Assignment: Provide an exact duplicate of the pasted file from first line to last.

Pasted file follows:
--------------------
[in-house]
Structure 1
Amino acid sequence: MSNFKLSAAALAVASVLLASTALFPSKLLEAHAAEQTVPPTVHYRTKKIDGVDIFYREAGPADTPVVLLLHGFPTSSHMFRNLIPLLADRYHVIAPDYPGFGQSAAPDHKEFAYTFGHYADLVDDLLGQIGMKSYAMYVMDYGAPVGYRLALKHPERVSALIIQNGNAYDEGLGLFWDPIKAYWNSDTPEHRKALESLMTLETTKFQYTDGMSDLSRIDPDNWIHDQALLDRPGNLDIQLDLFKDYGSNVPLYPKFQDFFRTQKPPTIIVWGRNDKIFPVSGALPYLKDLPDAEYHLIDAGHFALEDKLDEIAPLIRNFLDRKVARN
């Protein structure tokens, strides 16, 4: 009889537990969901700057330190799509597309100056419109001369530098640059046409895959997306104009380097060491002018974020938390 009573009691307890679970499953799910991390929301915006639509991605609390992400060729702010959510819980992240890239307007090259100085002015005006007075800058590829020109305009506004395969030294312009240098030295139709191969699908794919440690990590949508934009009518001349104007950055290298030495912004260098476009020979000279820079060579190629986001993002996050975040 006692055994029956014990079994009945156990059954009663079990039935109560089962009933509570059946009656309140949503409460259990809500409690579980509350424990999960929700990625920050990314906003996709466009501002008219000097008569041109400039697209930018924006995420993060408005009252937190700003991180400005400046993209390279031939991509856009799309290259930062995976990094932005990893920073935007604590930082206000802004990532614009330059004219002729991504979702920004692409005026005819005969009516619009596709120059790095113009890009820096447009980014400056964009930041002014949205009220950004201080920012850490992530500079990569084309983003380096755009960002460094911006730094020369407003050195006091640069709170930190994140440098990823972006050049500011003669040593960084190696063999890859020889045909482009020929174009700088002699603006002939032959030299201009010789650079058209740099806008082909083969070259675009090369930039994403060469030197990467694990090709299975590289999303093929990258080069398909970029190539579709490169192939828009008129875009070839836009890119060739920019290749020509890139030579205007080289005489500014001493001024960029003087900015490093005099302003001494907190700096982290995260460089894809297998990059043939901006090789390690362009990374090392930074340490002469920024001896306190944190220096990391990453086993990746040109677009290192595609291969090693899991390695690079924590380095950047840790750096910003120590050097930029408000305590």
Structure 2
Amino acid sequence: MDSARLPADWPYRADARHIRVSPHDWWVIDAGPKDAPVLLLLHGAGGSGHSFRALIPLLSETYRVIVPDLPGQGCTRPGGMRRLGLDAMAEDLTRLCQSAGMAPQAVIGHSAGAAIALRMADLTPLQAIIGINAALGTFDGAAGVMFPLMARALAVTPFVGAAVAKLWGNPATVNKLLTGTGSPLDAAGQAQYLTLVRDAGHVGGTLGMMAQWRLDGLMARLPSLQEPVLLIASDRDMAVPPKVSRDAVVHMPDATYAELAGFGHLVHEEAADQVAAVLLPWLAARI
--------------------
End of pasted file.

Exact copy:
[in-house]
Structure 1
Amino acid sequence: MSNFKLSAAALAVASVLLASTALFPSKLLEAHAAEQTVPPTVHYRTKKIDGVDIFYREAGPADTPVVLLLHGFPTSSHMFRNLIPLLADRYHVIAPDYPGFGQSAAPDHKEFAYTFGHYADLVDDLLGQIGMKSYAMYVMDYGAPVGYRLALKHPERVSALIIQNGNAYDEGLGLFWDPIKAYWNSDTPEHRKALESLMTLETTKFQYTDGMSDLSRIDPDNWIHDQALLDRPGNLDIQLDLFKDYGSNVPLYPKFQDFFRTQKPPTIIVWGRNDKIFPVSGALPYLKDLPDAEYHLIDAGHFALEDKLDEIAPLIRNFLDRKVARN
């Protein structure tokens, strides 16, 4: 009889537990969901700057330190799509597309100056419109001369530098640059046409895959997306104009380097060491002018974020938390 009573009691307890679970499953799910991390929301915006639509991605609390992400060729702010959510819980992240890239307007090259100085002015005006007075800058590829020109305009506004395969030294312009240098030295139709191969699908794919440690990590949508934009009518001349104007950055290298030495912004260098476009020979000279820079060579190629986001993002996050975040 006692055994029956014990079994009945156990059954009663079990039935109560089962009933509570059946009656309140949503409460259990809500409690579980509350424990999960929700990625920050990314906003996709466009501002008219000097008569041109400039697209930018924006995420993060408005009252937190700003991180400005400046993209390279031939991509856009799309290259930062995976990094932005990893920073935007604590930082206000802004990532614009330059004219002729991504979702920004692409005026005819005969009516619009596709120059790095113009890009820096447009980014400056964009930041002014949205009220950004201080920012850490992530500079990569084309983003380096755009960002460094911006730094020369407003050195006091640069709170930190994140440098990823972006050049500011003669040593960084190696063999890859020889045909482009020929174009700088002699603006002939032959030299201009010789650079058209740099806008082909083969070259675009090369930039994403060469030197990467694990090709299975590289999303093929990258080069398909970029190539579709490169192939828009008129875009070839836009890119060739920019290749020509890139030579205007080289005489500014001493001024960029003087900015490093005099302003001494907190700096982290995260460089894809297998990059043939901006090789390690362009990374090392930074340490002469920024001896306190944190220096990391990453086993990746040109677009290192595609291969090693899991390695690079924590380095950047840790750096910003120590050097930029408000305590």
Structure 2
Amino acid sequence: MDSARLPADWPYRADARHIRVSPHDWWVIDAGPKDAPVLLLLHGAGGSGHSFRALIPLLSETYRVIVPDLPGQGCTRPGGMRRLGLDAMAEDLTRLCQSAGMAPQAVIGHSAGAAIALRMADLTPLQAIIGINAALGTFDGAAGVMFPLMARALAVTPFVGAAVAKLWGNPATVNKLLTGTGSPLDAAGQAQYLTLVRDAGHVGGTLGMMAQWRLDGLMARLPSLQEPVLLIASDRDMAVPPKVSRDAVVHMPDATYAELAGFGHLVHEEAADQVAAVLLPWLAARI